Biden Immigration Bill Would Reportedly Make Green Cards, Citizenship Easier for DACA Recipients

President-elect Joe Biden's administration will focus on providing a pathway to citizenship for millions of undocumented immigrants and grant green cards to individuals protected under the Temporary Protected Status (TPS) and Deferred Action for Childhood Arrivals (DACA) policies.

Speaking with Univision's Ilia Calderón on Tuesday, Vice President-elect Kamala Harris mentioned a sweeping immigration reform bill that the incoming administration plans to quickly introduce.

The efforts outlined in the bill include granting immediate green card access to immigrants currently protected under DACA, and decreasing the amount of time required to acquire U.S. citizenship from 13 years to eight, Politico reported.

Harris also said that the administration hopes to add more immigration judges to relieve a backlog of pending cases.

Under the new plan, immigrants could become eligible for legal permanent residence after five years, according to the Los Angeles Times.

"It's a smarter and much more humane way of approaching immigration," Harris said Tuesday.

The incoming Biden administration plans to quickly introduce a sweeping immigration reform bill that would make citizenship and green cards easier to obtain for individuals protected under DACA. Here, immigration rights activists rally at the U.S. Supreme Court on November 12, 2019. MANDEL NGAN/Getty

Marielena Hincapié, executive director of the National Immigration Law Center Immigrant Justice Fund, was consulted by the Biden team on the matter. She told the Los Angeles Times that unlike other immigration bills, Biden's proposed legislation will not focus directly on increasing security enforcement and preventative measures.

"The notion concerning immigration enforcement and giving Republicans everything they kept asking for...was flawed from the beginning," she told the news outlet.

The reported bill is much different from President Donald Trump's anti-immigration efforts, which led to much criticism and the separation of over 5,000 families at the border.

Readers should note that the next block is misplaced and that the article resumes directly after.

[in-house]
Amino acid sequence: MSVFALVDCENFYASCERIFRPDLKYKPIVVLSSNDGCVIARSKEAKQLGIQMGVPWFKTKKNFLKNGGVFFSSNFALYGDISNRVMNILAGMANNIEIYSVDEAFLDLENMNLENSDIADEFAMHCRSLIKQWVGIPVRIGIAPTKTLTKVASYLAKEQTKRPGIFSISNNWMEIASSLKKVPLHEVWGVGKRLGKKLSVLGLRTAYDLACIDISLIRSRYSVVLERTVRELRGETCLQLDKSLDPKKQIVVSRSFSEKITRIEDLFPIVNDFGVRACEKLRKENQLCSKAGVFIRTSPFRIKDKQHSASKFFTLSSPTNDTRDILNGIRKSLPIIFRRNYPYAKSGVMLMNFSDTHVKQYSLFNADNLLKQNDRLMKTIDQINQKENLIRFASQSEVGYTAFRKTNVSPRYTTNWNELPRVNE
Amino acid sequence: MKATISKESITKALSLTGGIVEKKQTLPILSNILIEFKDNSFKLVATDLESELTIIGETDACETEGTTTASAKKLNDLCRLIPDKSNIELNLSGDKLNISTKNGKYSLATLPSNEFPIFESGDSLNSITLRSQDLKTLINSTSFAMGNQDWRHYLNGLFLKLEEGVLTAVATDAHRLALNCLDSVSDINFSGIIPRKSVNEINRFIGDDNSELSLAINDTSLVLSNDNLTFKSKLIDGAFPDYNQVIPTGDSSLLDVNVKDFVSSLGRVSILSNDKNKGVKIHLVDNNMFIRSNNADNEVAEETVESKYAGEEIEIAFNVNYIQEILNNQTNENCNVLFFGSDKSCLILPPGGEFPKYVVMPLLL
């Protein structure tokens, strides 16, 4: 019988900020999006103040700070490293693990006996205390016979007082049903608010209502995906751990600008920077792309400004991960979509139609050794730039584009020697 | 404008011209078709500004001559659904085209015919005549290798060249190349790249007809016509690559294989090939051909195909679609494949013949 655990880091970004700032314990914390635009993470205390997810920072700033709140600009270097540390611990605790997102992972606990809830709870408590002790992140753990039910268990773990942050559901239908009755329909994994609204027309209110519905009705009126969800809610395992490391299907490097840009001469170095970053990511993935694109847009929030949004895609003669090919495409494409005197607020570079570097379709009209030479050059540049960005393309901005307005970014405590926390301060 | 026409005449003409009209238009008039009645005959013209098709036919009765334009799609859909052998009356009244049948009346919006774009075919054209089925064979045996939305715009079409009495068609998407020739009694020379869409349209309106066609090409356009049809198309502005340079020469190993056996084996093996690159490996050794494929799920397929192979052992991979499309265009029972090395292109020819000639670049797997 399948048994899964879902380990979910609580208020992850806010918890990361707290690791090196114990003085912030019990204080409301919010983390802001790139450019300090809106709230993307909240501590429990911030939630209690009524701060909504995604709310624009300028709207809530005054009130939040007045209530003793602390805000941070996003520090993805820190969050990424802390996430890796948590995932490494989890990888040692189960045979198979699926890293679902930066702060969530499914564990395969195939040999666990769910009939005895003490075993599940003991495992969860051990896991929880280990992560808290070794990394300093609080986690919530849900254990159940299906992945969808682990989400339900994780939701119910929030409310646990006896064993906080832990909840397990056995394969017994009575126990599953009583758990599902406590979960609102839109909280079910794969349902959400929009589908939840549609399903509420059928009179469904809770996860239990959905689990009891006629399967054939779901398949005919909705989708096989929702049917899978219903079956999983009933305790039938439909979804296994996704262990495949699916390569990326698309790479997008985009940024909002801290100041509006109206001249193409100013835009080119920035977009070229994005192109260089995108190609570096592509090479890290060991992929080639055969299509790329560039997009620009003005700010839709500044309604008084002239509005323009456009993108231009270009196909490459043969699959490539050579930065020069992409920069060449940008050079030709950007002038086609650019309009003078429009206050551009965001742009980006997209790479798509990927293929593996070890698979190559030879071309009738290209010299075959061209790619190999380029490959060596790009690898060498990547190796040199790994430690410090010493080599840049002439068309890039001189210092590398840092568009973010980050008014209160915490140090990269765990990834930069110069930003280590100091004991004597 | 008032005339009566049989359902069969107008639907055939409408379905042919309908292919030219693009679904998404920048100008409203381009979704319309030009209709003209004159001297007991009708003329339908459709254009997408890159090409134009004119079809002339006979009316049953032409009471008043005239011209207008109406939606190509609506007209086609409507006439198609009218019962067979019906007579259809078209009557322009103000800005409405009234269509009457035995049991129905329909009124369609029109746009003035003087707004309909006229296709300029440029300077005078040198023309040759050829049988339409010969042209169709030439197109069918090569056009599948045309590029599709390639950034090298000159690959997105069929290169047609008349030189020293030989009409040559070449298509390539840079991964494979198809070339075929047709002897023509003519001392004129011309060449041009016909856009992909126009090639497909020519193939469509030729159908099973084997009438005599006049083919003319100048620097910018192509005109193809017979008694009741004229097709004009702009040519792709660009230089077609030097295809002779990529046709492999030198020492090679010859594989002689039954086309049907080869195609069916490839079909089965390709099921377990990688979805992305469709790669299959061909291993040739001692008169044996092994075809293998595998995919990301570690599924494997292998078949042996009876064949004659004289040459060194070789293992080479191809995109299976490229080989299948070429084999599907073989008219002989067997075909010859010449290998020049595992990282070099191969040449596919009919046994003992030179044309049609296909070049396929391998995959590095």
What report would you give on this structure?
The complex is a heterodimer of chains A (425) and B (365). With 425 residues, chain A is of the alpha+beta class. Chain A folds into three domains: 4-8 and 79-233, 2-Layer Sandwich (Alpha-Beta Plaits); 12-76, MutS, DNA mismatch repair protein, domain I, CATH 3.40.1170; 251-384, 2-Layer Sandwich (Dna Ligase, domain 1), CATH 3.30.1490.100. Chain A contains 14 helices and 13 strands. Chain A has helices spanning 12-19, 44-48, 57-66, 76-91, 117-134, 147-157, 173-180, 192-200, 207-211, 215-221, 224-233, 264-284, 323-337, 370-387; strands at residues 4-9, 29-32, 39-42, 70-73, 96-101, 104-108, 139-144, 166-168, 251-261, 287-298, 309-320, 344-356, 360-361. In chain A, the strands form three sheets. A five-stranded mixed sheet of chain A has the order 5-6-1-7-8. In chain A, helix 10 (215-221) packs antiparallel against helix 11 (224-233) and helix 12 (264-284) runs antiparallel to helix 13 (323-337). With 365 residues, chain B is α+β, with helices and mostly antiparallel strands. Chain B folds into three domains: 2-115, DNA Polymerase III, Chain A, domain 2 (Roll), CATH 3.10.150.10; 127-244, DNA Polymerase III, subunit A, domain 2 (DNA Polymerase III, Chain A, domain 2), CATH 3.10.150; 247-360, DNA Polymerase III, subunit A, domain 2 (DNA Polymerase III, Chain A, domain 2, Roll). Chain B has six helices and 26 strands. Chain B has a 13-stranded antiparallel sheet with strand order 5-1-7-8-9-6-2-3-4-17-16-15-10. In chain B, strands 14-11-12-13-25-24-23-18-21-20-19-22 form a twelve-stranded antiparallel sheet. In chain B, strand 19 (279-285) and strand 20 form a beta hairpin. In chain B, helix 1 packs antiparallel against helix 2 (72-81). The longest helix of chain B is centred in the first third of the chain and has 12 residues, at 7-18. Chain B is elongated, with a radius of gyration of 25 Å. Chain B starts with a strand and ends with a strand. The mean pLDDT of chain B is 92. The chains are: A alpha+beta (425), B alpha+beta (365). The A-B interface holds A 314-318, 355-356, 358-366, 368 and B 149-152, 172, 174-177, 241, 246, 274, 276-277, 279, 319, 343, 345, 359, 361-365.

In total, Trump has made over 400 alterations to immigration policy in the last four years, some since Election Day in early November, according to the think tank Migration Policy Institute.

Democratic Representative from California Paul Ruiz, chair of the Congressional Hispanic Caucus, said Biden's new plan could allow the nation to heal from "hateful rhetoric" under the Trump administration.

"I believe that our nation has been traumatized," Ruiz said told the Los Angeles Times.

"We need to be able to change the narrative to heal from that, to build trust amongst communities and to tone down the hateful rhetoric from the Trump administration. And to really show—not only ourselves but the world—that America still at its core is good and will uphold our humanitarian values," he said.

But the sweeping legislation is expected to face backlash from lawmakers, and reforming Trump's policies could take longer than anticipated.

"The majority of the Trump administration immigration reforms will be difficult to address immediately either because of legal rule-making barriers, practical realities on the ground or a lack of bandwidth given how many priorities the Biden administration has in contrast to the singular focus on immigration the Trump immigration had," Leon Fresco, an immigration attorney who worked in the Obama administration and sits on a Department of Homeland Security advisory board, told Politico.

Lora Ries, acting deputy chief of staff at the Department of Homeland Security under Trump in 2019, criticized Biden's plan and said granting immigrants an easier pathway to citizenship will undermine border security and create future problems.

"Such rewards will attract more people to illegally enter the U.S. to await their eventual green card, undermining border security," she said, according to the Los Angeles Times.

But immigration activists previously told Newsweek that they would fight to ensure the Biden administration will use legislative and executive powers to transform the nation's policies.

"The reality is we know our power," Cristina Jimenez, the co-founder of United We Dream, and an informal adviser for the Biden campaign on immigration policy, told Newsweek in December. "And because we know our power, we will push Biden to use his through executive and legislative action."

Newsweek reached out to the Biden-Harris transition team for additional comment but did not hear back in time for publication.